Israeli ambassador to Panama, a Druze, decries treatment at Ben Gurion Airport
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'Thirty years of humiliation and it’s still not over'

Israeli ambassador to Panama, a Druze, decries treatment at Ben Gurion Airport

Reda Mansour says security guard delayed him and his family upon learning they were from Arab village

Israel's ambassador to Panama, Reda Mansour. (YouTube screenshot)
Israel's ambassador to Panama, Reda Mansour. (YouTube screenshot)

Israel’s ambassador to Panama on Saturday said security personnel at Ben Gurion Airport delayed him and his family when they found out he was from an Arab village in the country’s north.

Mansour, 54, is a member of Israel’s Druze community and from the Druze-majority village of Ussafiya, near Haifa. He is a veteran diplomat and has previously served as Israel’s ambassador to Brazil and Ecuador.

Mansour published a summary of his conversation with a security officer on his Facebook page on Saturday. He said that as soon as the security officer at the entrance to the airport heard the name of his hometown, she told the car driver to pull over.

She got into the vehicle and told all the occupants, including Mansour’s wife and two daughters, to present their passports and identify themselves, Mansour wrote.

He compared the guard’s tone and body language to an army commander dealing with new soldiers in boot camp.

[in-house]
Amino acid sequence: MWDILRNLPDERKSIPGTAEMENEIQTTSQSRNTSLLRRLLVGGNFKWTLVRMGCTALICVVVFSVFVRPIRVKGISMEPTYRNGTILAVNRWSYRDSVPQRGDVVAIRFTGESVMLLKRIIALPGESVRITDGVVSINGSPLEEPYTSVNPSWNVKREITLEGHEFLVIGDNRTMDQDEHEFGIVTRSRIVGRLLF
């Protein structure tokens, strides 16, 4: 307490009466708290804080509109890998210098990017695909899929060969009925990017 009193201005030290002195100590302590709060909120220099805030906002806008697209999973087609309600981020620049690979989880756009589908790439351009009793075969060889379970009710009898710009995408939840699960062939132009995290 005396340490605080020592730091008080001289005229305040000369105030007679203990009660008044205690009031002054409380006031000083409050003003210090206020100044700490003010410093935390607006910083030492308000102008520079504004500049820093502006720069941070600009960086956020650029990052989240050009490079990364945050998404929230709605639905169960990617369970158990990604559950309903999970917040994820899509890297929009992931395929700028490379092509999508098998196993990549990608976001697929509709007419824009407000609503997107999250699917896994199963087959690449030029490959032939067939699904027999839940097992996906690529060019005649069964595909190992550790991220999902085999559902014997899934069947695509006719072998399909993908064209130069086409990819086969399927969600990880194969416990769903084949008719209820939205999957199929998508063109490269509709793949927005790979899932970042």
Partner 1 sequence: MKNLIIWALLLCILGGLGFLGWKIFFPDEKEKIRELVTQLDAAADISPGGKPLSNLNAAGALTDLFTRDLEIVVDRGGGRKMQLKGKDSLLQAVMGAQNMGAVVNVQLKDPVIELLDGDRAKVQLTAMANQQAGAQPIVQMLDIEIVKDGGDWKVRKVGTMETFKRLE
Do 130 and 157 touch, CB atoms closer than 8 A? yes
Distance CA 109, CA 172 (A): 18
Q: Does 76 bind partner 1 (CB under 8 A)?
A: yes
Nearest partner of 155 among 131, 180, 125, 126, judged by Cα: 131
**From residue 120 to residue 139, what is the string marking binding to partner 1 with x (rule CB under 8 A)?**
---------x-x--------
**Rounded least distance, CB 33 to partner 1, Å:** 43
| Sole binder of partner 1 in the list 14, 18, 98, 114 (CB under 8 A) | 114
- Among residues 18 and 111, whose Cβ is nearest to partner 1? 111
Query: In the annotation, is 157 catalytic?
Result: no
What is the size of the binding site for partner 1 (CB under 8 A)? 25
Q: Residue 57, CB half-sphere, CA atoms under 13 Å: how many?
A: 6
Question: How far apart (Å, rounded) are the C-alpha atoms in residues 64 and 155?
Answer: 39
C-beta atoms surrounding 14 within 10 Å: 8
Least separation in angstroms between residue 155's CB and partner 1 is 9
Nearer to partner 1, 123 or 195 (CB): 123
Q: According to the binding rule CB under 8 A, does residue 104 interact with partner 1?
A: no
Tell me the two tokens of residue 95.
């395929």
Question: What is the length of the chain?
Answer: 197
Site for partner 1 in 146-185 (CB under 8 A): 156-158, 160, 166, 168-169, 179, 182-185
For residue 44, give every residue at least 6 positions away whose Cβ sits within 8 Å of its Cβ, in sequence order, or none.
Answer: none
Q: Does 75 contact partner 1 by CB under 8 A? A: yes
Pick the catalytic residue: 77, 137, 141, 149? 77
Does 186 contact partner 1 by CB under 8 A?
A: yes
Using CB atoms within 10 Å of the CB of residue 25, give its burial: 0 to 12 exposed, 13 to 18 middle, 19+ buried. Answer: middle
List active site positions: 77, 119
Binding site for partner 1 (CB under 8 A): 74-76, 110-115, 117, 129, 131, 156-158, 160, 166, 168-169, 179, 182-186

She asked about their travel plans, and Mansour told her they were going to Paris and then on to Panama, where he worked at the embassy. She asked who was traveling, gave the family a long look-over and let them pass, he said.

After the encounter, Mansour wrote that his daughter remarked: “It’s so irritating the way she spoke to you when you were smiling the whole time and answering her politely.”

Mansour concluded the post with strong language, saying “Ben Gurion, you can go to hell. Thirty years of humiliation and it’s still not over. You used to take us apart at the terminal, and now we’re suspects even at the entrance.”

He noted that Ussafiya was not a village across the Green Line, but home to the main cemetery for Druze IDF soldiers, and suggested that airport security officials visit the cemetery.

He ended the post saying: “I have only one thing left to say to you: I feel like vomiting!”

The airport issued a biting response to the post, saying: “Security checks at Ben Gurion Airport are carried out regardless of religion, race or gender. When you meet more than 25 million travelers each year, there will be some who will choose to be insulted by their meeting with the security guard who is only doing her job.

“We too have friends and family, like you do, buried in IDF cemeteries. I suggest the honorable ambassador tell his daughter next time that the security scan is doing everything possible to protect her and the country,” the statement read.

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